FRIDAY, March 17, 2017 (HealthDay News) — Implementation of an electronic system for provision of specialty care was rapidly adopted in Los Angeles, and it can reduce wait times to see specialists, according to a study published in the March issue of Health Affairs.
Michael L. Barnett, M.D., from the Harvard T.H. Chan School of Public Health in Boston, and colleagues describe the effectiveness of an electronic system for provision of specialty care, known as the eConsult system, which was implemented in 2012 by the Los Angeles County Department of Health Services. As part of eConsult, all requests from primary care providers for specialty assistance were reviewed by specialists. The specialist can address questions from the primary care provider via electronic dialogue in many cases, eliminating the need for direct consultation of the patient with a specialist.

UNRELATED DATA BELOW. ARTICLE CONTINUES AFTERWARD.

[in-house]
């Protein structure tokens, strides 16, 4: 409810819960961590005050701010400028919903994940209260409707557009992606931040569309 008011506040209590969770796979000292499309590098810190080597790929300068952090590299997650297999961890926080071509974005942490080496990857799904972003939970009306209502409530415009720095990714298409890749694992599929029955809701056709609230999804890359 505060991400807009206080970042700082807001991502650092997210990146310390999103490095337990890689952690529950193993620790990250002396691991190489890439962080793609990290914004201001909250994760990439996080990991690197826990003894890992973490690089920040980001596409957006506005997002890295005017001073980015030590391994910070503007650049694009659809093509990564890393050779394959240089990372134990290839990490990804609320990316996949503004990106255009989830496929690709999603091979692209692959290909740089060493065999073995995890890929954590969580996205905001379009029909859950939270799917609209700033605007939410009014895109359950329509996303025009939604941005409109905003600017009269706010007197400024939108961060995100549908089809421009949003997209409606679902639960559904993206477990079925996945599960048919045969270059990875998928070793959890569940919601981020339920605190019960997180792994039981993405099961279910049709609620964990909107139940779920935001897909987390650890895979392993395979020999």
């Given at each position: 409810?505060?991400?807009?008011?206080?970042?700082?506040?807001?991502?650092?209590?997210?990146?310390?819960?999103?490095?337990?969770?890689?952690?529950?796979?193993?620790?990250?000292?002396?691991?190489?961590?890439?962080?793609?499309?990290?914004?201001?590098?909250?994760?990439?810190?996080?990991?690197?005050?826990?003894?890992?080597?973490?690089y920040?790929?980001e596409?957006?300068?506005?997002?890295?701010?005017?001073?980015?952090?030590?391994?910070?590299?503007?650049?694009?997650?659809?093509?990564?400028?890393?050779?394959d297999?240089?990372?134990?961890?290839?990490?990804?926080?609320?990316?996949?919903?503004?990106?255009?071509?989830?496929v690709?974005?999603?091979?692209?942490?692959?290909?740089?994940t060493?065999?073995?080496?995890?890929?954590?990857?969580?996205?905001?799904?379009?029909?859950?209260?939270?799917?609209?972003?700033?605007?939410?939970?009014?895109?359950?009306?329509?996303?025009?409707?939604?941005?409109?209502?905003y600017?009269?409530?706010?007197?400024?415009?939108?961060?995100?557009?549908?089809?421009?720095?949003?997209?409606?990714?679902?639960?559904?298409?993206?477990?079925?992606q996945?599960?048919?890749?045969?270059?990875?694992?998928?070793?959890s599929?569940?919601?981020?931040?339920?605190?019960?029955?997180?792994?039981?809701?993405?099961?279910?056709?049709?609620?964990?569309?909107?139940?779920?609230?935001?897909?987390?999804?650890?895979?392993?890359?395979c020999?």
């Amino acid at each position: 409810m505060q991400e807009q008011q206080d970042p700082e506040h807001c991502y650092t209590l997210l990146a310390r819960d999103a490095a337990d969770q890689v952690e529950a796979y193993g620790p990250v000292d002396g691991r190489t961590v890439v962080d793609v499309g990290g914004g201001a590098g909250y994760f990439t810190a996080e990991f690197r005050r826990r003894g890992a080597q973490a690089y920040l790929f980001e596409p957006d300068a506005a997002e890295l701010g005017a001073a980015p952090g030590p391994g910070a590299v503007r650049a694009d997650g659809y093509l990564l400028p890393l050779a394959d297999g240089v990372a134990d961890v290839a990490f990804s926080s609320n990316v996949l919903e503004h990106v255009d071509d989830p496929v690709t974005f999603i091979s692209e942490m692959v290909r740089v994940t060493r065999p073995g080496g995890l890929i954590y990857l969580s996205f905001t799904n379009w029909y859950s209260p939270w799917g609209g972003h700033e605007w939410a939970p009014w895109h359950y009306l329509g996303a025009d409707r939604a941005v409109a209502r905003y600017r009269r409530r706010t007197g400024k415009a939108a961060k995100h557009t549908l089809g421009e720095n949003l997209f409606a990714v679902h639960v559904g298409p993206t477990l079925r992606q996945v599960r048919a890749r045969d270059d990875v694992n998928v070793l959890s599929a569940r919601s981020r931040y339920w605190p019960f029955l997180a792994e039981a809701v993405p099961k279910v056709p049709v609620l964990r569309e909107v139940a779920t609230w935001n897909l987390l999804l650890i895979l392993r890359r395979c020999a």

The researchers observed rapid growth in eConsult use, with the system in use by over 3,000 primary care providers by 2015. There were 86 consultations per month in the third quarter of 2012, compared with 12,082 by 2015. The median time to an electronic response from a specialist was one day, and one-quarter of all eConsults were resolved without the need for a specialist visit. The median time to a specialist appointment decreased significantly three to four years after implementation, while the volume of visits remained stable.
“eConsult systems are a promising and sustainable intervention that could improve access to specialist care for underserved patients,” the authors write.
One author disclosed financial ties to Caredination Inc.
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